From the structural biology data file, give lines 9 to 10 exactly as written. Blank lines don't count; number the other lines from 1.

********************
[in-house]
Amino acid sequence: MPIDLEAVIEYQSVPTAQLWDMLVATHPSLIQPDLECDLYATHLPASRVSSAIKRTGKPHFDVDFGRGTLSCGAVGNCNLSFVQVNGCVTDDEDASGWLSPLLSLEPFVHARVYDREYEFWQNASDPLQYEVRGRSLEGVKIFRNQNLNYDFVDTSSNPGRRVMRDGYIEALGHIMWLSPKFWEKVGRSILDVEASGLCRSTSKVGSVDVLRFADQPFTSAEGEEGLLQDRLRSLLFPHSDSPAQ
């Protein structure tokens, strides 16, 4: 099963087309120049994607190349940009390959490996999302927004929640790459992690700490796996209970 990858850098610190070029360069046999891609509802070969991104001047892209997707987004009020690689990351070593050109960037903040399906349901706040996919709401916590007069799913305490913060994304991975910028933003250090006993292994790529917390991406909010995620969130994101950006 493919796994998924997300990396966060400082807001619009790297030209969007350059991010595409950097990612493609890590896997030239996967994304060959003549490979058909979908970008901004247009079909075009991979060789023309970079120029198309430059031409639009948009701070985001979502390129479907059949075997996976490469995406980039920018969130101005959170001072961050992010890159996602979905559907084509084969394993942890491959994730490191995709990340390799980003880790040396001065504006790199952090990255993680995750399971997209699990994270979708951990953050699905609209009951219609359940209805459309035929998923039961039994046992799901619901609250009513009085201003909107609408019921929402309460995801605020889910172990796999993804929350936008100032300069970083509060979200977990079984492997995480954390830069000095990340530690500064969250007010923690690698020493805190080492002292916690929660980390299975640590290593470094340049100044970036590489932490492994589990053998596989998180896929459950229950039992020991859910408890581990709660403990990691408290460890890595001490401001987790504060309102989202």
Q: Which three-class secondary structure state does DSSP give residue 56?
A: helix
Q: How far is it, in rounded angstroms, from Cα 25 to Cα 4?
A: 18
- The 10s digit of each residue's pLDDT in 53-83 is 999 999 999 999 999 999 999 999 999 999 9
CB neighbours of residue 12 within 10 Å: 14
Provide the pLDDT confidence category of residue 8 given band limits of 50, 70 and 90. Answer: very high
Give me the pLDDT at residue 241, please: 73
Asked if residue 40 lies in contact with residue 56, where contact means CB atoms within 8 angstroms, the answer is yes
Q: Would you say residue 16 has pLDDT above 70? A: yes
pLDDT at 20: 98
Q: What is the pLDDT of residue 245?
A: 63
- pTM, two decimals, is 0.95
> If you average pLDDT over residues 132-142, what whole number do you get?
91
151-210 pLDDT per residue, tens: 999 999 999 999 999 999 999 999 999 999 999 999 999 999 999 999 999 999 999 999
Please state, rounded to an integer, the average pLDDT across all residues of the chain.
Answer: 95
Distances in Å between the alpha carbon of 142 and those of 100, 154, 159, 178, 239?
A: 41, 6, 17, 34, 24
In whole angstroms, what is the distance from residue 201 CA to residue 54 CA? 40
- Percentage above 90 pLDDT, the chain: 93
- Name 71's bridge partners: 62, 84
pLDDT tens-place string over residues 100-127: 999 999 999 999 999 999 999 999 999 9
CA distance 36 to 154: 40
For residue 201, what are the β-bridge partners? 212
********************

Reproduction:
CB neighbours of residue 12 within 10 Å: 14
Provide the pLDDT confidence category of residue 8 given band limits of 50, 70 and 90. Answer: very high